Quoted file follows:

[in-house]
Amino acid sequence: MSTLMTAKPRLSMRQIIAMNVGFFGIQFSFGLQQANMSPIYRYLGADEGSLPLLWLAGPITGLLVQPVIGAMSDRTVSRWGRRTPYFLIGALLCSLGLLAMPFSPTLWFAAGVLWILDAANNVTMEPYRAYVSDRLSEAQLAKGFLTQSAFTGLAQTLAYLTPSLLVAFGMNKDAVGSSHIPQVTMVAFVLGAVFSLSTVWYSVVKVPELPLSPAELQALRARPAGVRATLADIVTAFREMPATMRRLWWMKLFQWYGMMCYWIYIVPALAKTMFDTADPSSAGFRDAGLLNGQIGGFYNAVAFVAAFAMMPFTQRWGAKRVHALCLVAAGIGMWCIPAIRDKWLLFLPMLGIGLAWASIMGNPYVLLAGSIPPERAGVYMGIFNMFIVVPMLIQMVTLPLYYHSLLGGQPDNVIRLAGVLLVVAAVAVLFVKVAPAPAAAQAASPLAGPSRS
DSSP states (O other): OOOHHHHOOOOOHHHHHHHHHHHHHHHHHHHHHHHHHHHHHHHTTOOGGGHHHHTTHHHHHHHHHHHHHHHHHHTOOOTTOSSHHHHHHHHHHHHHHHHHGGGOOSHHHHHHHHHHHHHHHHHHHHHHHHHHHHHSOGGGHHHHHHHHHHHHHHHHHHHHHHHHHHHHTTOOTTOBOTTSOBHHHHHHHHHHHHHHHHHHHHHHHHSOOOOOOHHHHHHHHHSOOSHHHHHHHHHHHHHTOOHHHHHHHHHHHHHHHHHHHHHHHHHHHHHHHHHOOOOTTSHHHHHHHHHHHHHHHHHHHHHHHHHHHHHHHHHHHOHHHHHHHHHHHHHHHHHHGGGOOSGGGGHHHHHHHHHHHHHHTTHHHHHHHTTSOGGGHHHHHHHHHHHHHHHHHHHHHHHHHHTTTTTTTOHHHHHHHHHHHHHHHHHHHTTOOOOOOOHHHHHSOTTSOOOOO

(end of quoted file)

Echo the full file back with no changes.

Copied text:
[in-house]
Amino acid sequence: MSTLMTAKPRLSMRQIIAMNVGFFGIQFSFGLQQANMSPIYRYLGADEGSLPLLWLAGPITGLLVQPVIGAMSDRTVSRWGRRTPYFLIGALLCSLGLLAMPFSPTLWFAAGVLWILDAANNVTMEPYRAYVSDRLSEAQLAKGFLTQSAFTGLAQTLAYLTPSLLVAFGMNKDAVGSSHIPQVTMVAFVLGAVFSLSTVWYSVVKVPELPLSPAELQALRARPAGVRATLADIVTAFREMPATMRRLWWMKLFQWYGMMCYWIYIVPALAKTMFDTADPSSAGFRDAGLLNGQIGGFYNAVAFVAAFAMMPFTQRWGAKRVHALCLVAAGIGMWCIPAIRDKWLLFLPMLGIGLAWASIMGNPYVLLAGSIPPERAGVYMGIFNMFIVVPMLIQMVTLPLYYHSLLGGQPDNVIRLAGVLLVVAAVAVLFVKVAPAPAAAQAASPLAGPSRS
DSSP states (O other): OOOHHHHOOOOOHHHHHHHHHHHHHHHHHHHHHHHHHHHHHHHTTOOGGGHHHHTTHHHHHHHHHHHHHHHHHHTOOOTTOSSHHHHHHHHHHHHHHHHHGGGOOSHHHHHHHHHHHHHHHHHHHHHHHHHHHHHSOGGGHHHHHHHHHHHHHHHHHHHHHHHHHHHHTTOOTTOBOTTSOBHHHHHHHHHHHHHHHHHHHHHHHHSOOOOOOHHHHHHHHHSOOSHHHHHHHHHHHHHTOOHHHHHHHHHHHHHHHHHHHHHHHHHHHHHHHHHOOOOTTSHHHHHHHHHHHHHHHHHHHHHHHHHHHHHHHHHHHOHHHHHHHHHHHHHHHHHHGGGOOSGGGGHHHHHHHHHHHHHHTTHHHHHHHTTSOGGGHHHHHHHHHHHHHHHHHHHHHHHHHHTTTTTTTOHHHHHHHHHHHHHHHHHHHTTOOOOOOOHHHHHSOTTSOOOOO